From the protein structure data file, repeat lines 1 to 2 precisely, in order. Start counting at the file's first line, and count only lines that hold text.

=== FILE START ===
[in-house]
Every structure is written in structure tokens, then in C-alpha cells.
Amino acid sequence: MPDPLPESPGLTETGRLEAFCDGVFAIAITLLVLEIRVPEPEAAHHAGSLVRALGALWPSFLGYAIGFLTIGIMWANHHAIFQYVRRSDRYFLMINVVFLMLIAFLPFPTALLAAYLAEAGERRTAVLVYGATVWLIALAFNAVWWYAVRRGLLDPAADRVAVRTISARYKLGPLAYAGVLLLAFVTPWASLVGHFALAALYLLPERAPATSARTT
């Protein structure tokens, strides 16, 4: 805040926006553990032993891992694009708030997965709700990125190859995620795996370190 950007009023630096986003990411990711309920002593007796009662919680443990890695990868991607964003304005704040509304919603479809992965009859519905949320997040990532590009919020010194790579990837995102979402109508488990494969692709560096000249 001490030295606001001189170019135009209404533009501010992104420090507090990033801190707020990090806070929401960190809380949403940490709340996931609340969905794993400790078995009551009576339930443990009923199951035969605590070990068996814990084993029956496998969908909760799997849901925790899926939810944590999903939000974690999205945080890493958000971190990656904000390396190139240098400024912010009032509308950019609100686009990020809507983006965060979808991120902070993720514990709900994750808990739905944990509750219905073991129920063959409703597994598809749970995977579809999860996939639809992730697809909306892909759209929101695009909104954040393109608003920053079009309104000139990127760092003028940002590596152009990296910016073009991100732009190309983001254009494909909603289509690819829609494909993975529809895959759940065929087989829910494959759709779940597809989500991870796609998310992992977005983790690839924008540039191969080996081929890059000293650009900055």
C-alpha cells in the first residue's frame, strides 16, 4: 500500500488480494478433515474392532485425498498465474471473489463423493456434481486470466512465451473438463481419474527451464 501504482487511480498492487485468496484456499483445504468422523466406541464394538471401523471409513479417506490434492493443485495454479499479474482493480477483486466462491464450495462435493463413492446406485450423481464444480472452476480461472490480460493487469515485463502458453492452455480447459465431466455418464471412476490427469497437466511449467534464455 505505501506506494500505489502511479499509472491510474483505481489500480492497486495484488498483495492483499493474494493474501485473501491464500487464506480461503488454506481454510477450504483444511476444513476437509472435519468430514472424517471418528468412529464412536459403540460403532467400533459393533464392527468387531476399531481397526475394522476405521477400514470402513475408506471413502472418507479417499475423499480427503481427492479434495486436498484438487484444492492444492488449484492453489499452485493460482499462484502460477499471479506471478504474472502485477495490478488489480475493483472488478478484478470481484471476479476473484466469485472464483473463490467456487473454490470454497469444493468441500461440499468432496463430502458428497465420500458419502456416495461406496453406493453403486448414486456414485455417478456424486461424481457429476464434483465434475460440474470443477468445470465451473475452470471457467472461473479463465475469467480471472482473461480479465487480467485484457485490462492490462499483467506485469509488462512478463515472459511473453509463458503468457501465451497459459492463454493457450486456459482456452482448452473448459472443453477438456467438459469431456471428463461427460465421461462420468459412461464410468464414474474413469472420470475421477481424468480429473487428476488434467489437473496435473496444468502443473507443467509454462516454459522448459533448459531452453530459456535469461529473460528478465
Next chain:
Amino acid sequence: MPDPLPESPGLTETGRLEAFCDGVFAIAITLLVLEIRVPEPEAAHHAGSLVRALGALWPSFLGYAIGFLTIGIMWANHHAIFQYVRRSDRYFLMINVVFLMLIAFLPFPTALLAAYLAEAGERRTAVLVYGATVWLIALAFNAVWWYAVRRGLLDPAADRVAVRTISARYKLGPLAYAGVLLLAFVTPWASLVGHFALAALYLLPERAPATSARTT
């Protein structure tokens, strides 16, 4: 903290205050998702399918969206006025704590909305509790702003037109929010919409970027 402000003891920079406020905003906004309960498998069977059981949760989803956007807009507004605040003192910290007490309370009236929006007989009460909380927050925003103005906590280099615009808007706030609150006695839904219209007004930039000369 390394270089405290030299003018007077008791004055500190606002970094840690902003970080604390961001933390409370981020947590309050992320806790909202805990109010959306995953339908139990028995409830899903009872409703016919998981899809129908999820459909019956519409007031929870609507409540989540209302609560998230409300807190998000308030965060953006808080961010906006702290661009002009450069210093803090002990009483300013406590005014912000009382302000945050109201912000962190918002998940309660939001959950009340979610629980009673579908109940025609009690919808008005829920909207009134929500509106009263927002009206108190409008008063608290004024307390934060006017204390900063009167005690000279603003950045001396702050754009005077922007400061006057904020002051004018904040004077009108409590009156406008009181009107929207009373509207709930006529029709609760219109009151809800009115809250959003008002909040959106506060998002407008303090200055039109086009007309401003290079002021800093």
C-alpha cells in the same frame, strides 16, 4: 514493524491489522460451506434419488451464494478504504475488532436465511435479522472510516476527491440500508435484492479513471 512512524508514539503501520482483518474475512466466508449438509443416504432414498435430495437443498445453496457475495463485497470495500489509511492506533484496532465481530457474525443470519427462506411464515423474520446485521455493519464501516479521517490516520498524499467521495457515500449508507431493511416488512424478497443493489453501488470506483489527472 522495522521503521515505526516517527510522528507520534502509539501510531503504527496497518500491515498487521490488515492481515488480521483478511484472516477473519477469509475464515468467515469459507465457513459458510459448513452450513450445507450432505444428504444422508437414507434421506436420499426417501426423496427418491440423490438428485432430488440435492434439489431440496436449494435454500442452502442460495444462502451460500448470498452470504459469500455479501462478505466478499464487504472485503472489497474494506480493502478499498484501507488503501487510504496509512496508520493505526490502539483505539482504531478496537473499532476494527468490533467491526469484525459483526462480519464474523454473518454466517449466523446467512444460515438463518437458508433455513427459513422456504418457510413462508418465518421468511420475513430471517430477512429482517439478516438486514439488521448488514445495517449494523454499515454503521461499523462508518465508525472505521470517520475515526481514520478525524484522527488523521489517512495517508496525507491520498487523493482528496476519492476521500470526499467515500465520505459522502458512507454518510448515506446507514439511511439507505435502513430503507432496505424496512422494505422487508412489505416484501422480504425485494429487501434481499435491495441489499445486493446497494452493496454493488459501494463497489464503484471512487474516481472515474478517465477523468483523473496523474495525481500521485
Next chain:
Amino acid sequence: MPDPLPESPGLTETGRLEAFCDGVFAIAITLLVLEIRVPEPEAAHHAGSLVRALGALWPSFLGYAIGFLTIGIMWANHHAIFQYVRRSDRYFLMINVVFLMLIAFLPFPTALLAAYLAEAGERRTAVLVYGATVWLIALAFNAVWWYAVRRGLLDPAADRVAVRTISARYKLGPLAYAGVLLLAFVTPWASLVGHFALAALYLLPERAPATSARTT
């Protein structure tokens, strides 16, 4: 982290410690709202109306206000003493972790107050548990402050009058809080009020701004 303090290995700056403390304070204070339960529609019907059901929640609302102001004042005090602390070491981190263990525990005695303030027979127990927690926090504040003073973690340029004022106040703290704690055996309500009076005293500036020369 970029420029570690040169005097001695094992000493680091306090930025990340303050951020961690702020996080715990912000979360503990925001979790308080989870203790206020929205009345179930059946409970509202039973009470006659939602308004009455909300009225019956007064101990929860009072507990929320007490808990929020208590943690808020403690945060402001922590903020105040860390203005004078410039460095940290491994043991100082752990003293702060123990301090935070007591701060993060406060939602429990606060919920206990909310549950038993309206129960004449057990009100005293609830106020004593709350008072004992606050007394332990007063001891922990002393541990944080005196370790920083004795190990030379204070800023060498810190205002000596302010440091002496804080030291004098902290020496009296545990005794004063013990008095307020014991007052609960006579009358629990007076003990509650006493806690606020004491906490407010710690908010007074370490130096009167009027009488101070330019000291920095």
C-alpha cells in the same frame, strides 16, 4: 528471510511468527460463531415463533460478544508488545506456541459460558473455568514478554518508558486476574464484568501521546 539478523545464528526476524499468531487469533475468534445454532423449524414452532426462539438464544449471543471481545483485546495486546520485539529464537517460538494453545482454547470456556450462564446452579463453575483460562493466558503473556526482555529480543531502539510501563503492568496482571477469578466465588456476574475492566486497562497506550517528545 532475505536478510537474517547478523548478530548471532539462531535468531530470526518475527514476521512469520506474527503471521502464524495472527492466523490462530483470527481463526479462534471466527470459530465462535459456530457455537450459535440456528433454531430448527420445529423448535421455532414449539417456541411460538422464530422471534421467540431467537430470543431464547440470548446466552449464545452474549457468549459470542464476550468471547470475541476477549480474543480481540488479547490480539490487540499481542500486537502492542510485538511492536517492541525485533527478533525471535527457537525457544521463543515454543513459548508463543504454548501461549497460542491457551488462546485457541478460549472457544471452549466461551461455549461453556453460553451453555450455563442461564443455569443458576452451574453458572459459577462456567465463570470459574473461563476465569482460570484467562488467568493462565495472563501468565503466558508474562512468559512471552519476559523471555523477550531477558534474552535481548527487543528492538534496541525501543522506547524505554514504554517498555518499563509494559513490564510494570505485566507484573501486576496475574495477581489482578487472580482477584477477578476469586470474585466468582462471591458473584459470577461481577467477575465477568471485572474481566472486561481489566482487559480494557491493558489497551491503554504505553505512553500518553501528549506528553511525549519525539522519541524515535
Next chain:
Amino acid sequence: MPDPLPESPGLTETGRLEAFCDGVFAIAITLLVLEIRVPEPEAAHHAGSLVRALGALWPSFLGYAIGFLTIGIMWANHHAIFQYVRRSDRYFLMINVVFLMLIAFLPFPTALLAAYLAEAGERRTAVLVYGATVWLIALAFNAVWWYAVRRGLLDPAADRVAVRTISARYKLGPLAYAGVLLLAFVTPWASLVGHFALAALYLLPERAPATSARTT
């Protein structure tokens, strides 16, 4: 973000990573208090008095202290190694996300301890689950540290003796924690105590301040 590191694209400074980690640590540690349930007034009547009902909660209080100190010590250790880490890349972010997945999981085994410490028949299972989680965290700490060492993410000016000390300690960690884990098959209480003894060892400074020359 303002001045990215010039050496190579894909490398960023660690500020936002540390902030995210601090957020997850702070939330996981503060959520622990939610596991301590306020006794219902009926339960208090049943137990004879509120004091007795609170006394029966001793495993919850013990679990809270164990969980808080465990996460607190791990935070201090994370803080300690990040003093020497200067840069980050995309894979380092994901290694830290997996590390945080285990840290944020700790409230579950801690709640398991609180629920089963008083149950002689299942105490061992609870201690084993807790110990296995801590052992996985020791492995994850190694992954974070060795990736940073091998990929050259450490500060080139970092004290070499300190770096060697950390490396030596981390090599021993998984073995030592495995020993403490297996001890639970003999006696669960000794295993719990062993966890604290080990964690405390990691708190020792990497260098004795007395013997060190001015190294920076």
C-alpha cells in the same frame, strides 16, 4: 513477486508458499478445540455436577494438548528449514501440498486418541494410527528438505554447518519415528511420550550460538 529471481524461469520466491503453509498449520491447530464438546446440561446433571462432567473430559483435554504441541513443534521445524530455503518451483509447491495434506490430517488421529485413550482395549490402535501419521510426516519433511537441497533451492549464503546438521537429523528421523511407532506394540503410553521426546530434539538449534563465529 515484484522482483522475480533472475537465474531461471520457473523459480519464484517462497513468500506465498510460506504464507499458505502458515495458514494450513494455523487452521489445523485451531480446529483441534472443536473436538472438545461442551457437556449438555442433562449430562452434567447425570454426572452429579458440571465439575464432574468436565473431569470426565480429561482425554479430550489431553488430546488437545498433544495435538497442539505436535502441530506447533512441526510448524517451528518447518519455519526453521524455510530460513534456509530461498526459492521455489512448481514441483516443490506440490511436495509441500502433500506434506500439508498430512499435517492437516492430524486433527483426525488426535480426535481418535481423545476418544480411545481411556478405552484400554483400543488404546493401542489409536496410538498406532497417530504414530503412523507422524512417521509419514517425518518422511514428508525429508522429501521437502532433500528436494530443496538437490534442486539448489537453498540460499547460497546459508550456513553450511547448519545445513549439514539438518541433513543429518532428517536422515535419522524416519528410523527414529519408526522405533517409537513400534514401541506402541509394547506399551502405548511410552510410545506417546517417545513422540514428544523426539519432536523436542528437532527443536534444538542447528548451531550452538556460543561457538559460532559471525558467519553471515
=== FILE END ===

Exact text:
[in-house]
Every structure is written in structure tokens, then in C-alpha cells.